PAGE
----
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Author Topic: Kelly Thompson to 500PX  (Read 12656 times)

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« Reply #50 on: November 22, 2015, 09:06 »
+4
Kelly wasn't as bad as some of you hint. Din't have good communication skills, that's true. I think he left istock because he couldn't run it in  his way.

No, he was moved to Getty then shortly after he left Getty to to pursue other interests. I believe his fate was controlled by Getty.


« Reply #51 on: November 22, 2015, 10:20 »
+6
As someone who often defended 500px on here, I feel betrayed. What a terrible, terrible move, and what a signal to us contributors.

Also note how representatives of 500px are absent from this discussion when usually they jump in after less than a page of posts. Is that a preview of the coming iStockization of contributor relations?

Makes me sick.

« Reply #52 on: November 22, 2015, 11:09 »
+1
As someone who often defended 500px on here, I feel betrayed. What a terrible, terrible move, and what a signal to us contributors.

Also note how representatives of 500px are absent from this discussion when usually they jump in after less than a page of posts. Is that a preview of the coming iStockization of contributor relations?

Makes me sick.

They may be just as surprised as we are, and waiting to see what it means.   It seems like some sort of a "today we're excited to announce" has to be coming pretty soon.  If it isn't really, really positive for photographers - in some specific, concrete ways -  they can deal me out.   

Tror

« Reply #53 on: November 22, 2015, 12:05 »
+3
PLEASE FIRE THIS GUY!!!!!!!! ....`nough said.

PaulieWalnuts

  • On the Wrong Side of the Business
« Reply #54 on: November 22, 2015, 12:22 »
+4
This will either be an opportunity for him to prove the person we saw at IS really wasn't him or it will just validate it really was him.

Or after seeing the negative responses and realizing they just bought a damaged product, 500px may decide to keep him out of the public eye and work as more of an operations role in the background so we never get to see what he has to say.

« Reply #55 on: November 22, 2015, 12:49 »
+1
I don't think this is hard to understand.  A few months ago they brought in tens of millions in venture capital.  After seeing it from the inside, some of the VCs decided they didn't have total confidence in the plan, and wanted a more 'experienced' guy, with the right connections. Or maybe the VCs brought him in along with them, but didn't want it to look that way.  It's a very common scenario, and of course, it's their money; when you go with VCs you surrender a lot of control. 

The original plan is off the table; we'll have to wait to see what the new plan - if any - really is.   

« Last Edit: November 22, 2015, 12:54 by stockastic »

« Reply #56 on: November 22, 2015, 13:09 »
+1
Really depressing news.

I haven't done microstock in over a year, but recently I started reading posts about 500px and got interested. So I signed up and put up a few photos. And now this.  500px is confusing enough to begin with;  really not interested in spending a lot of time figuring it out and submitting hundreds of photos if it's now in the hands of former IS people, especially someone whose agenda was clearly to beat photographers down to the ground on price, while claiming that customers are really paying for search functionality, not imagery.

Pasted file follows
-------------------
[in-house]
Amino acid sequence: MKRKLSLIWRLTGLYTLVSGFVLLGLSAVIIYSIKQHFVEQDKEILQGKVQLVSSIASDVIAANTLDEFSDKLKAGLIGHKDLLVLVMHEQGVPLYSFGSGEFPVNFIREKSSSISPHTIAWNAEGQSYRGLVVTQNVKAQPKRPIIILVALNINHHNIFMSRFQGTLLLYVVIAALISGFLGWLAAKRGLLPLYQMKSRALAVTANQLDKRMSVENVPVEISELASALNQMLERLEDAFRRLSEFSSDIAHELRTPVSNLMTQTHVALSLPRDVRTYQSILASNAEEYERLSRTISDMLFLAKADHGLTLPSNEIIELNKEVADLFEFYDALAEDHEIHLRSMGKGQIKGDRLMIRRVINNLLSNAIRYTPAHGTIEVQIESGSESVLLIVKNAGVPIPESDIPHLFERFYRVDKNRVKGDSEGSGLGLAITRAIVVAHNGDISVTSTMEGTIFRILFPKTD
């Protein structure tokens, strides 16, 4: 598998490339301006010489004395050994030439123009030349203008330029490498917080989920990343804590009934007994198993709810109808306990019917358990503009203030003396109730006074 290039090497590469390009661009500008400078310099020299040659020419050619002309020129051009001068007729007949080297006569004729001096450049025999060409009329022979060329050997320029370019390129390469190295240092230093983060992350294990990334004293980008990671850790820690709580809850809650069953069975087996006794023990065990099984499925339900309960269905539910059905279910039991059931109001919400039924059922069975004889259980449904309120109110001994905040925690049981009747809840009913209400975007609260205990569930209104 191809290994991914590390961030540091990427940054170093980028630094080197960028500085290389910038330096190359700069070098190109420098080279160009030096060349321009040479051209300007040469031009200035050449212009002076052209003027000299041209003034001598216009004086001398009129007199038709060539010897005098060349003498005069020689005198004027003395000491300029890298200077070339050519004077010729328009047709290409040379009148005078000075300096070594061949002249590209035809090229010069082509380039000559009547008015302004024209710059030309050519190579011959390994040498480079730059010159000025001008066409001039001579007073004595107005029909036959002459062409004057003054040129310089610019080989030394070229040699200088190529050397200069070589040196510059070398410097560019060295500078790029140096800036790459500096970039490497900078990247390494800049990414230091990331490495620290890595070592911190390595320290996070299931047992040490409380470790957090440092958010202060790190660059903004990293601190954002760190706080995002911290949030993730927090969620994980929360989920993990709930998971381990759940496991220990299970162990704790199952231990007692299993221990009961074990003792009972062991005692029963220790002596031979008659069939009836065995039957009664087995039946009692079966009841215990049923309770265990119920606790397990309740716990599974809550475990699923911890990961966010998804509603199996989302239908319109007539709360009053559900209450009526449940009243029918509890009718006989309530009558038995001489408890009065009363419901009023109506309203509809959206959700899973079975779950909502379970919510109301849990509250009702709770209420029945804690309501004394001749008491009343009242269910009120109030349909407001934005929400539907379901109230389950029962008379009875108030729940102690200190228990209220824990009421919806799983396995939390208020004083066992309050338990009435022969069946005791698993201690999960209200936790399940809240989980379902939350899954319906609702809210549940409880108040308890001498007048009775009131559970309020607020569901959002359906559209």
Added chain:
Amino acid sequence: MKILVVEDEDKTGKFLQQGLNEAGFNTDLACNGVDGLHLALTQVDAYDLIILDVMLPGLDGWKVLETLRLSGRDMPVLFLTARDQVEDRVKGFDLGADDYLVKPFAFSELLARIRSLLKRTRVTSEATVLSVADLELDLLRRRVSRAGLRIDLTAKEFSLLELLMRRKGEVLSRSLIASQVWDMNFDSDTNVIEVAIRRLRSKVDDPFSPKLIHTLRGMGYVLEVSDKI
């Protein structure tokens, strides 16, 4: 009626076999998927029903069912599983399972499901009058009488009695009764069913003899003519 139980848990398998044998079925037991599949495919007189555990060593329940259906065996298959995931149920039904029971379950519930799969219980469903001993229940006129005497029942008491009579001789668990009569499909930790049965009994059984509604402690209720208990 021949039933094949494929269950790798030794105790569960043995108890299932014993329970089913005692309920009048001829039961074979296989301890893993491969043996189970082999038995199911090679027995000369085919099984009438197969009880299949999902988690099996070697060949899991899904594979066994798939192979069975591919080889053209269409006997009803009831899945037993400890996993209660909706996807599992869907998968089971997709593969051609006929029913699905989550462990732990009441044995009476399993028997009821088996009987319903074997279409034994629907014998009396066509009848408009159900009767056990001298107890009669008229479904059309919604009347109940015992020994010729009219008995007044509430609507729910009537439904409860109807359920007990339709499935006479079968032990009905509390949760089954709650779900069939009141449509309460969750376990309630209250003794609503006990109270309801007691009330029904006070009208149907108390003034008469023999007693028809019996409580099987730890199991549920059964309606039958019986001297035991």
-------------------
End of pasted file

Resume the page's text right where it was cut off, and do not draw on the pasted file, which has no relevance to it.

we both keeping being on the same page, my friend... (see red line above)
but i held back due to the social-media brigade over there that looks too much like fb.
but yes, i agree, they have good images there..which got me to think this could be the one
i would consider after a long absence with single digit old agencies

going back to Kelly the CEO who preached money is not everything.
y'know, that was yesterday, as some pickup  expert say..."only count what is today. this moment..
when you pick a woman/man up; don't base your approach on what she/he said yesterday or worse 3 months, a year,etc ago".

i like to think this is wise because i have this amazing neighbor who was like Kelly 5 years ago.
today, guess what??? all he cares about is money... and he tells me the same thing flipflop
from the first time we met. ..for him today "money is not everything".

let's wait and see why he moved to 500px.

« Reply #57 on: November 22, 2015, 14:12 »
+3
I don't think this is hard to understand.  A few months ago they brought in tens of millions in venture capital.  After seeing it from the inside, some of the VCs decided they didn't have total confidence in the plan, and wanted a more 'experienced' guy, with the right connections. Or maybe the VCs brought him in along with them, but didn't want it to look that way.  It's a very common scenario, and of course, it's their money; when you go with VCs you surrender a lot of control. 

The original plan is off the table; we'll have to wait to see what the new plan - if any - really is.

It makes sense. If VC's are involved, they want a BIG ROI. That explains Kelly in my mind. He is that resource who will find ways to steal from us to line the pockets of 500PX and their VC's.  This is a VERY IMPORTANT POINT. Venture Capitalists + Kelly = high probability he is there to find ways to pad VC pockets at our expense. I just cannot think of any other way to spin it. That't what Kelly was tasked with doing at IS and what he was good at.

« Reply #58 on: November 22, 2015, 16:04 »
+4
It's inevitable, we have to reduce royalties to make you more money, just wait for it

Tror

« Reply #59 on: November 22, 2015, 17:46 »
+3
I still don`t get why anybody would hire somebody like Kelly Thompson. Do they actively want to irritate their supplier base? Or maybe they know that "money won`t make them happy"? :P

My personal view on him: I cannot judge since I have not been there with him BUT I do not forget or forgive such episodes which had been visible and observable. Maybe he did for 99% a good Job in the background. Maybe he was just Gettys Puppet. To me it does not matter. He did what he did. He said what he said. He is a big red flag and anyone working with him is in question to be taken seriously. I am deeply surprised actually that anyone in this industry is wiling to pay him.